If you’re in your 20’s or 30’s, it might seem like everyone around you is having babies. But, in reality, one in eight couples experience infertility. 

Many go though years of expensive medical procedures, some adopt, and some – less than 800 each year – turn to surrogacy. One Siouxland woman, who’s done growing her own family, is now helping another family do the same.

Brittney Beldin isn’t even showing…

Brittney says, “So far, it’s gone really well.”

But, she’s beaming about the new life growing inside her.

Brittney says, “This will be my fourth pregnancy, so I have three of my own.”

Brittney is a nurse at Siouxland Obstetrics and Gynecology and has a heart for helping people. That’s why she’s committed these next six months and her own body to help a family who lives 1,000 miles away.

Brittney says, “They’re absolutely wonderful, they’re great parents, so it kind of breaks my heart that they’ve had to struggle this much to have their own children.”

Brittney is what’s called a gestational surrogate. She’s carrying a baby that’s not genetically hers in any way. She was able to become pregnancy through invitro fertilization with an embryo from another couple.

“My family and my husband and I, we all knew at the beginning that this isn’t our baby. We’re definitely done having our own children, so we thought, three is plenty for us, so we might as well help somebody else. I think there’s part of you that doesn’t want to get attached to this baby as much as your own children, but still, it’s so exciting, because you’re going to help somebody else, so I think that makes it just as rewarding as having your own children — and just as exciting, because every appointment, I’m like ‘I hope everything’s fine!’ and [with] ultrasounds, I’m like, ‘oh look, there’s the baby!'”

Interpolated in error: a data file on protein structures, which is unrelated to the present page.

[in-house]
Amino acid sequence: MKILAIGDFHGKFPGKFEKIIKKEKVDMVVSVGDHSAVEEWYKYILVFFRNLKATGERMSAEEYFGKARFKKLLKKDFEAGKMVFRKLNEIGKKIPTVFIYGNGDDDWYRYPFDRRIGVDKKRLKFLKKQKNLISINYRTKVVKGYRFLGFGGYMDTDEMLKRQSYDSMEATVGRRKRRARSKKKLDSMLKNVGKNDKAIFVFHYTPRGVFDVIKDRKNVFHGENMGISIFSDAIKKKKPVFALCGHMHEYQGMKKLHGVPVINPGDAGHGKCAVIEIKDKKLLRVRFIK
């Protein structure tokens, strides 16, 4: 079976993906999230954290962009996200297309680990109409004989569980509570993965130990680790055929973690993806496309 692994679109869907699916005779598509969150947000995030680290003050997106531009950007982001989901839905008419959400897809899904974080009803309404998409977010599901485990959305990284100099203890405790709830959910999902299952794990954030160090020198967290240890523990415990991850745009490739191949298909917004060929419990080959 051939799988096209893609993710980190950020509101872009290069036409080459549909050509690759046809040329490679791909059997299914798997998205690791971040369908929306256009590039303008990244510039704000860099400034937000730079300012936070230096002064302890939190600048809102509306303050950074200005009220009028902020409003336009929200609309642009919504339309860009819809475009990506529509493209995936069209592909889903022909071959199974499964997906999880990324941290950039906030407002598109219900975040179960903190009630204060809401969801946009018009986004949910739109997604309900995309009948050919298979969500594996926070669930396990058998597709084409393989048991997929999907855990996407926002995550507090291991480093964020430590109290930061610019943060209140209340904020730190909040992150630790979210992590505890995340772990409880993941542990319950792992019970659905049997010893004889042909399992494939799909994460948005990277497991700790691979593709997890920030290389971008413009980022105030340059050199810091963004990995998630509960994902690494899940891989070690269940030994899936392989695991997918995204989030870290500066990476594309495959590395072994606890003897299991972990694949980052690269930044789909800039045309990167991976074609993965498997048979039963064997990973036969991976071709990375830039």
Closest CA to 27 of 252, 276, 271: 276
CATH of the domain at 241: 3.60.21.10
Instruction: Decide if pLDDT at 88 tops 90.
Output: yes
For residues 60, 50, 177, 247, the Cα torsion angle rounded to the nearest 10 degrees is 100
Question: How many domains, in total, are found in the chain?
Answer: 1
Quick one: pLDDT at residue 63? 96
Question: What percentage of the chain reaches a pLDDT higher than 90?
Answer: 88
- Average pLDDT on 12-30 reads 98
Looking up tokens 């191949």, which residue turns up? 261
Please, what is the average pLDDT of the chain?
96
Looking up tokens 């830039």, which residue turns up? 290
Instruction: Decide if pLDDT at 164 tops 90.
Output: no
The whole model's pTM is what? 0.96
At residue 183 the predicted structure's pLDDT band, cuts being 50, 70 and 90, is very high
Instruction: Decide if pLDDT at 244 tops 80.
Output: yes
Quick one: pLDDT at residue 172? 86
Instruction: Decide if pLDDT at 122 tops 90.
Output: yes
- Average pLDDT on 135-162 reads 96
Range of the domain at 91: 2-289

But, it’s not exactly a simple process. Brittney made the decision to become a surrogate a year and a half ago.

Brittney says, “The process is so long to get through screenings and medical appointments and we had lots of ultrasounds, lots of blood work, my husband had to be tested, we had to do a psych e-val, everything.”

What is the same: the wonder of bringing a new life into the world. This time, with a story unlike any other.

“I had just easy pregnancies and we got pregnant so easily, so it’s hard for me to not do this, because it just does not seem fair that their are people are there that should be able to have children and they can’t.”

One of Brittney’s physicians, Dr. Hannah Dewald, says medically, a pregnancy with a surrogate isn’t very different from any other.

Dr. Dewald says, “Certainly, you have to take into account the genetic mom’s age when you’re counseling women on their risk of genetic abnormalities in babies as opposed to the gestational carrier mom’s age. There is higher risk with getting pregnant when you have to do IVF transfer; there’s a risk of multiples, of ectopic [pregnancies], risk of miscarriage, that you don’t have in a routine pregnancy.”

Most people use a surrogacy agency to get this process started on either side. They all have slightly different criteria, but in general, surrogates have to be at least 21 years old, you have to have given birth to at least one healthy baby, and pass a psychological screening before a contract is signed between the parents and the surrogate.

Laws about surrogacy also vary from state to state, so if you’re thinking about this as an option, make sure you get specific information about your state.